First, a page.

A Look at Life Prior to the Flood of Noah

Enoch PrimordialIf you’re a believer in the Bible, have you ever wondered what life was like before the global flood of Noah’s time?  Author and screenwriter Brian Godawa takes a look at that world in his book “Enoch Primordial,” a prequel to his book about Noah, “Noah Primeval.”  I read Noah Primeval about a year ago, and was enthusiastic to see Enoch Primordial released a few months ago.

As a serious student of the Bible for the past twenty years, as well as a science and history enthusiast, the events described in the early chapters of Genesis have always intrigued me. So much ground is covered in so little text that there is much to ponder. As I became aware about 15 years ago of scientific theories about creation, geology and so on that harmonize with the Bible, my curiosity has only grown. Noah Primeval tells the story of the remaining years before the global flood, and the coming of that flood.

Enoch Primordial steps back even further to examine the events that led up to the global flood. All that the Bible really tells us about Enoch is found in four verses of Genesis chapter 5:

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When Enoch had lived 65 years, he fathered Methuselah. Enoch walked with God[a] after he fathered Methuselah 300 years and had other sons and daughters. Thus all the days of Enoch were 365 years. Enoch walked with God, and he was not, for God took him.

We only have a couple of more details about Enoch throughout the entire Bible. Hebrews 11:5 says

By faith Enoch was taken up so that he should not see death, and he was not found, because God had taken him. Now before he was taken he was commended as having pleased God.

Jude 1:14 also tells us that Enoch was a prophet of some sort.

People have long wondered what that meant (“…Enoch walked with God, and he was not, for God took him.”).  Did Enoch not die? Was he whisked away by God straight to heaven?  In Enoch Primordial, you’ll find out what author Godawa thinks–but not before you see some of the things that may have happened to make Enoch the man who would be taken by God.

You’ll also catch a vivid picture of what the lives of Methuselah and Lamech might have been like. You will probably recall that Methusaleh is the longest-living recorded man in history, coming in at 969 years. Methusaleh will also make an appearance in Noah Primeval.

Can we really know with certainty the details of life before the global flood and the lives of these people? No, there is simply too little detail provided by history to understand these things with precision. But Godawa has studies the Bible extensively, and has pondered many Jewish and other extra-Biblical texts for insight into the historical figures and events of this time period. In fact Godawa provides extensive notes and explanations in the back of his books about the things he explores in his novels. These historical notes are almost as interesting as the fictional exploits.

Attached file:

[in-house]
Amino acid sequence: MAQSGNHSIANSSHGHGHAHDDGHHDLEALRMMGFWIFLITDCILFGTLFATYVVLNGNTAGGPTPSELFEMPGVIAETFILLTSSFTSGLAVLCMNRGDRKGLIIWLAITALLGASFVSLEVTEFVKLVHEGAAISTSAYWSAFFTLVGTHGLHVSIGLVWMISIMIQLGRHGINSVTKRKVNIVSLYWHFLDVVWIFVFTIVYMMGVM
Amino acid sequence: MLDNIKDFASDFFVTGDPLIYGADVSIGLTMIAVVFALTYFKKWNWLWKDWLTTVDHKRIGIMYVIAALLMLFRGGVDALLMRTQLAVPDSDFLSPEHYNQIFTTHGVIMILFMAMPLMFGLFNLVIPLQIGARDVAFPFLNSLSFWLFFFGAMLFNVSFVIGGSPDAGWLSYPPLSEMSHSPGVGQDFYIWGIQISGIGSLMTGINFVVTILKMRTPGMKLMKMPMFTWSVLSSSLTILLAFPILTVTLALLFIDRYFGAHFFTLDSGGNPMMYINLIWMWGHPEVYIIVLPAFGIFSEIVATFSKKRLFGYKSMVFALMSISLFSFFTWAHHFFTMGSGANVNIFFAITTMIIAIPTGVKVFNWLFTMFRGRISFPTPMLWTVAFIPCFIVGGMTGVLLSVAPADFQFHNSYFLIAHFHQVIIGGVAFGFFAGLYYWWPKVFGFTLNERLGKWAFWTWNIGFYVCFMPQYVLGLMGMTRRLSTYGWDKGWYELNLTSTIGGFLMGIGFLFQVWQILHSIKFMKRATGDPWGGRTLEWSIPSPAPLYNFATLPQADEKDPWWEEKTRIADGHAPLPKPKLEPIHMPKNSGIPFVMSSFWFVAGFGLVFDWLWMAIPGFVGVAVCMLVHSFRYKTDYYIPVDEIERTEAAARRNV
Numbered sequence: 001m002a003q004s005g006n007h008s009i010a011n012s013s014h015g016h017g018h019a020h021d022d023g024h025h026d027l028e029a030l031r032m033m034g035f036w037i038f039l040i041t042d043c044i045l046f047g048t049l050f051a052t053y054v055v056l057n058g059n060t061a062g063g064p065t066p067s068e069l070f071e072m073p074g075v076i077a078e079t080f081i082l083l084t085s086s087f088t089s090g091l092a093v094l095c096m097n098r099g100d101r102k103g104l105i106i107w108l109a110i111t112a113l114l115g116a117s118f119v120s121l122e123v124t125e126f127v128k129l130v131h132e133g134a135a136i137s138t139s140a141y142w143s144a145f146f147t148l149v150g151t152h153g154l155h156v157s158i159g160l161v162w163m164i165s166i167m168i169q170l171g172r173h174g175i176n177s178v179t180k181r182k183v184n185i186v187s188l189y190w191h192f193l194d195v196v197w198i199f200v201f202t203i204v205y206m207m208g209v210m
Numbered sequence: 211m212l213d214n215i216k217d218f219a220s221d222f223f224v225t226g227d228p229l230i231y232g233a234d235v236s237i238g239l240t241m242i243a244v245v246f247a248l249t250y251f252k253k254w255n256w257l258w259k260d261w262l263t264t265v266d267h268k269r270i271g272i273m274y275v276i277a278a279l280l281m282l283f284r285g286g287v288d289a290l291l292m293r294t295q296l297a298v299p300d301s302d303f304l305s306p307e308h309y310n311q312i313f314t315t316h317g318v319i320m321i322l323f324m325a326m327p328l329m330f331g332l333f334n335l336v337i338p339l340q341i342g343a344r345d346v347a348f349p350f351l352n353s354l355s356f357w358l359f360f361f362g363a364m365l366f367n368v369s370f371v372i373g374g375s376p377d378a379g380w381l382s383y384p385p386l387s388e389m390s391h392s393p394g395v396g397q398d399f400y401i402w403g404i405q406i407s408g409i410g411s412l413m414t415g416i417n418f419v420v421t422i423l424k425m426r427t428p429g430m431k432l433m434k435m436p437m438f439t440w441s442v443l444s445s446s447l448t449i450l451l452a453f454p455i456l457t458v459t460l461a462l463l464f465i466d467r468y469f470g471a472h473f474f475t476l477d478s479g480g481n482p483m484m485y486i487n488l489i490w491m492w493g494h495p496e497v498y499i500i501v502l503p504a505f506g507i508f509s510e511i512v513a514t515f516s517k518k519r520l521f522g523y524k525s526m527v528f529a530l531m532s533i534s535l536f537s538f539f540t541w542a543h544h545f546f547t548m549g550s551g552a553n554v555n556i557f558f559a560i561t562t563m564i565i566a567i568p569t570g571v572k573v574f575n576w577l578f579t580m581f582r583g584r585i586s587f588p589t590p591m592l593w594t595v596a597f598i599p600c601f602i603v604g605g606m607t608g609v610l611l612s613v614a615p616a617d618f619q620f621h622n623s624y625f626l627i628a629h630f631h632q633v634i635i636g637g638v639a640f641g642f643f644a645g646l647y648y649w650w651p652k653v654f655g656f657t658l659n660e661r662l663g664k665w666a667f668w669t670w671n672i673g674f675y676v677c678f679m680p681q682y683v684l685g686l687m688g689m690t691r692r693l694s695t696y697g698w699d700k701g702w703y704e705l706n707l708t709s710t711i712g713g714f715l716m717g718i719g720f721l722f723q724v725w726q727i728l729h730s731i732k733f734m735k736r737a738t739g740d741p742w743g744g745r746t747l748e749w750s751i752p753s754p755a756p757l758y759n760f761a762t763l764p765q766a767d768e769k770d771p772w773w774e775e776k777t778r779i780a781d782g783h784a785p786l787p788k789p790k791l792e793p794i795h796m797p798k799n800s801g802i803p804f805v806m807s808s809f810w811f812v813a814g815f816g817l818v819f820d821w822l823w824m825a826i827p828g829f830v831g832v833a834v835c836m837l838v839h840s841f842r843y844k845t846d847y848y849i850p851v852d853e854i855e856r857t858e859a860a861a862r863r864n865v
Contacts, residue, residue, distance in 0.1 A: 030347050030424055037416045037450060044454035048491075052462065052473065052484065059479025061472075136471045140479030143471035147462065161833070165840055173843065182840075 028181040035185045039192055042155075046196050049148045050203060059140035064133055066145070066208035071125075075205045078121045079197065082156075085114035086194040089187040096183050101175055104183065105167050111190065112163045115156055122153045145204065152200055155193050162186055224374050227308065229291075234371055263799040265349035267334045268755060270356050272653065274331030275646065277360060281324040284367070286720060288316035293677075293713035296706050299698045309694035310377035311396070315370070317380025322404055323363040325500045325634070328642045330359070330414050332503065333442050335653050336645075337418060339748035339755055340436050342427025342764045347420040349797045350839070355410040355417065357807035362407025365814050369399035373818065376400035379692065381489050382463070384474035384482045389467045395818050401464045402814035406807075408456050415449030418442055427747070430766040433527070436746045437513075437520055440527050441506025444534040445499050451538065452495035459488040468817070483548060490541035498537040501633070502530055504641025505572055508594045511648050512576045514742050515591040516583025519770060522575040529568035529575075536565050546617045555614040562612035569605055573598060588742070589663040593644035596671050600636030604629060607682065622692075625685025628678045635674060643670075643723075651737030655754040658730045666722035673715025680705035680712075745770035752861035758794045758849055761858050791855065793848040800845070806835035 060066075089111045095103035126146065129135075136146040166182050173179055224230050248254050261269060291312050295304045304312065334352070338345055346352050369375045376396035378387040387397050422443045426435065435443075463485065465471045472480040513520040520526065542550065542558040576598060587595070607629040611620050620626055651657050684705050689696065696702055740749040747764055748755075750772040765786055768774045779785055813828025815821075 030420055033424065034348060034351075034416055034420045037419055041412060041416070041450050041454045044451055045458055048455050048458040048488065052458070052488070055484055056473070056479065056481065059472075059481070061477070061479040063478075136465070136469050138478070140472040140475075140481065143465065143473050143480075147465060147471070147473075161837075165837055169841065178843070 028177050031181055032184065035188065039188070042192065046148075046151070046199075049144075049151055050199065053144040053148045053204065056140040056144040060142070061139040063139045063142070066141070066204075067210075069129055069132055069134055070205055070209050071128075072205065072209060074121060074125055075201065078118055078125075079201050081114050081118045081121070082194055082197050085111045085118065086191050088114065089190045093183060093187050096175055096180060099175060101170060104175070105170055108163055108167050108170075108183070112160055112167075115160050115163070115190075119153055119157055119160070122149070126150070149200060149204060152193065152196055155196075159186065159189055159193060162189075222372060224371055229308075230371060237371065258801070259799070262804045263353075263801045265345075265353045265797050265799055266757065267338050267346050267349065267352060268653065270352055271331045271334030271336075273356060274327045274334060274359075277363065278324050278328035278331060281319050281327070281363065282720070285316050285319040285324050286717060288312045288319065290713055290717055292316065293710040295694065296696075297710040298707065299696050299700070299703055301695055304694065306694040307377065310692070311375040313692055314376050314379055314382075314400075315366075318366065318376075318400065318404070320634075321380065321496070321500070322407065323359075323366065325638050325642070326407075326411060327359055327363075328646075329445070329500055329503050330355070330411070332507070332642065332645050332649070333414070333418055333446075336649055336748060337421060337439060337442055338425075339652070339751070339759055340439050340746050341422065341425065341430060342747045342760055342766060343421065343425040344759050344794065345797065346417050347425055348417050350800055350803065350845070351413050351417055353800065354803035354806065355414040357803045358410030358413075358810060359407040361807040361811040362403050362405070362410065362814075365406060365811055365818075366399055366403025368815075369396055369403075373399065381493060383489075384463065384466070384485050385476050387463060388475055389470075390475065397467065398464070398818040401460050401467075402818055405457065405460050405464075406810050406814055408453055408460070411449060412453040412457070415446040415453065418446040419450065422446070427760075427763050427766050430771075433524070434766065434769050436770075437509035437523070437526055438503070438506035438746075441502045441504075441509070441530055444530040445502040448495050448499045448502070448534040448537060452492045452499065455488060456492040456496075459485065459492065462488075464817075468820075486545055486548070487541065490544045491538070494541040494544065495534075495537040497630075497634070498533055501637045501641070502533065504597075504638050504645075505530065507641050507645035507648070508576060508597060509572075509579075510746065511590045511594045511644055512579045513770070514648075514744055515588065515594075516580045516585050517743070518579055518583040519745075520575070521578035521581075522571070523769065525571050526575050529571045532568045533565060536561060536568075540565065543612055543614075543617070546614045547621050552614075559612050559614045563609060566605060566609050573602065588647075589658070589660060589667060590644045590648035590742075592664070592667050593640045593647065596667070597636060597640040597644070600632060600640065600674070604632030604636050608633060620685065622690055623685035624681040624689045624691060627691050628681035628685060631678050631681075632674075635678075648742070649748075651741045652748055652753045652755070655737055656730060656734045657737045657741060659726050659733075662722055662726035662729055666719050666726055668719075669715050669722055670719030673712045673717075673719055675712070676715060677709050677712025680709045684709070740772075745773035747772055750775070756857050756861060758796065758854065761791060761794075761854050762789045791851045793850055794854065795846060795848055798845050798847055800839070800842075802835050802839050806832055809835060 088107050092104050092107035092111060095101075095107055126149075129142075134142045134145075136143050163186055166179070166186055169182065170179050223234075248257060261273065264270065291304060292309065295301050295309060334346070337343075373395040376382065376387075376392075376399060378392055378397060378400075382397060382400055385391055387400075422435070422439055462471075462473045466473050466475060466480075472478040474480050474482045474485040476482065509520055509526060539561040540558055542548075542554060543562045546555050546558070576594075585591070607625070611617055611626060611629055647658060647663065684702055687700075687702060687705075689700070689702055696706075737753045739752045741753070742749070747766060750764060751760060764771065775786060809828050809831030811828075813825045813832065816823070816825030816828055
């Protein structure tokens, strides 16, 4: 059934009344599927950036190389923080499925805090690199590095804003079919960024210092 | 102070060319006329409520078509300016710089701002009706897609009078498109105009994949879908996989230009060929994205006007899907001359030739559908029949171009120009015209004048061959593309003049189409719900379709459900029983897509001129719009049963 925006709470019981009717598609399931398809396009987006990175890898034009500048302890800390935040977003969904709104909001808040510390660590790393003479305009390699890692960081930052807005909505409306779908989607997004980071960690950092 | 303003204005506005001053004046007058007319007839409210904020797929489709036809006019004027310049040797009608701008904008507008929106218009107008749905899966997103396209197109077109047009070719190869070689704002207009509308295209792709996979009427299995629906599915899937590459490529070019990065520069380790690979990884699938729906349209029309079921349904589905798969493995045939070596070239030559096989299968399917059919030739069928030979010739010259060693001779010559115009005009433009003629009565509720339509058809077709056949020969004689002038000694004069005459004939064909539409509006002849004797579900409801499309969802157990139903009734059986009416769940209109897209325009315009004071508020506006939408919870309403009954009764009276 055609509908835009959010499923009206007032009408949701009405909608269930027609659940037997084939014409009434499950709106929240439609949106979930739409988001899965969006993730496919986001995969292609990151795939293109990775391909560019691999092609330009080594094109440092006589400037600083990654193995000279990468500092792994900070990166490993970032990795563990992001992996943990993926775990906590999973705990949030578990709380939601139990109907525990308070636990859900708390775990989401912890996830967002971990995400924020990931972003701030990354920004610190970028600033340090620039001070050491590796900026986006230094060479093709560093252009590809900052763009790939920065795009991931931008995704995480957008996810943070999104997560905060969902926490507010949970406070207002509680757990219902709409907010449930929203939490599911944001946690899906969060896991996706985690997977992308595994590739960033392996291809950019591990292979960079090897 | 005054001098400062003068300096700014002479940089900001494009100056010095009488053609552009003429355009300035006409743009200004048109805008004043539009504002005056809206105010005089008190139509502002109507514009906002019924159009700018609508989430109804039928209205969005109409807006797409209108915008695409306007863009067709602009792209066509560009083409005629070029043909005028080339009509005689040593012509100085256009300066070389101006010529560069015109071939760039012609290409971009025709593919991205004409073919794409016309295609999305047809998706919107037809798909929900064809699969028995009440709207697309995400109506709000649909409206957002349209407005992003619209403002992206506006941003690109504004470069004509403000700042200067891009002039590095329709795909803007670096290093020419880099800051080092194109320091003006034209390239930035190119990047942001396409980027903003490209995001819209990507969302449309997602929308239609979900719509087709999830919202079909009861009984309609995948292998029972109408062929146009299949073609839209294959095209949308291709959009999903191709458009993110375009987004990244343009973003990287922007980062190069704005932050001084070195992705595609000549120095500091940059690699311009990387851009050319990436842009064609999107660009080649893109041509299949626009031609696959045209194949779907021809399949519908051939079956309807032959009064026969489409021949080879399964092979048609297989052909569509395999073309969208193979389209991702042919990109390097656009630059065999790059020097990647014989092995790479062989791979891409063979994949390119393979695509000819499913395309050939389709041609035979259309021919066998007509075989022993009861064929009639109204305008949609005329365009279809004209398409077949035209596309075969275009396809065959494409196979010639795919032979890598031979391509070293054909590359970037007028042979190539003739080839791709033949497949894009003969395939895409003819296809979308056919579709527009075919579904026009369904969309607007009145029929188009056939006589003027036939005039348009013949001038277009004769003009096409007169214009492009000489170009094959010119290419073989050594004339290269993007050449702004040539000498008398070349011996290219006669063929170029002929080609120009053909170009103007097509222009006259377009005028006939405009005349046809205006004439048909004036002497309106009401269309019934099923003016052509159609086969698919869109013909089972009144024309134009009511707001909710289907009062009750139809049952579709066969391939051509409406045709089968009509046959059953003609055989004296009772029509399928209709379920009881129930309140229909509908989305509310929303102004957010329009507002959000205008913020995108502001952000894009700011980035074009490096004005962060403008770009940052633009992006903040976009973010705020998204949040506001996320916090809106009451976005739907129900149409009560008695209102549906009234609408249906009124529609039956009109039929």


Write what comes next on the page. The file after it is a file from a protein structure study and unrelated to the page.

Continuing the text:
Perhaps most important to me as one who takes God at his word that the Bible is true and authoritative is the fact that, while there may be parts of Godawa’s fiction that I would differ in interpretations on, I don’t recall a single instance where his books head in a direction contrary to what the Bible tells us about these people, events and truths.

To spend some time in the fictional world of a good book that explores an amazing world of angel/demons reigning as gods on earth, of frightening nephilim god/man hybrids, of meeting with the father of the human race and his bride, and of sitting in the courts of Heaven as “the Accuser” rails against Yahweh Elohim…as breathtaking as any book I have ever read.

I hope you’ll consider reading these books; they are definitely a good read, especially for a Christian.  Godawa’s third book in this series, Gilgamesh Immoral, is out now, and though my reading list is always a mile long, I know it won’t be long before I’m reading this one, too.



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Bob Ellis has been the owner of media company Dakota Voice, LLC since 2005. He is a 10-year U.S. Air Force veteran, a political reporter and commentator for the past decade, and has been involved in numerous election and public policy campaigns for over 20 years. He was a founding member and board member of the Tea Party groups Citizens for Liberty and the South Dakota Tea Party Alliance. He lives in Rapid City, South Dakota with his wife and two children.
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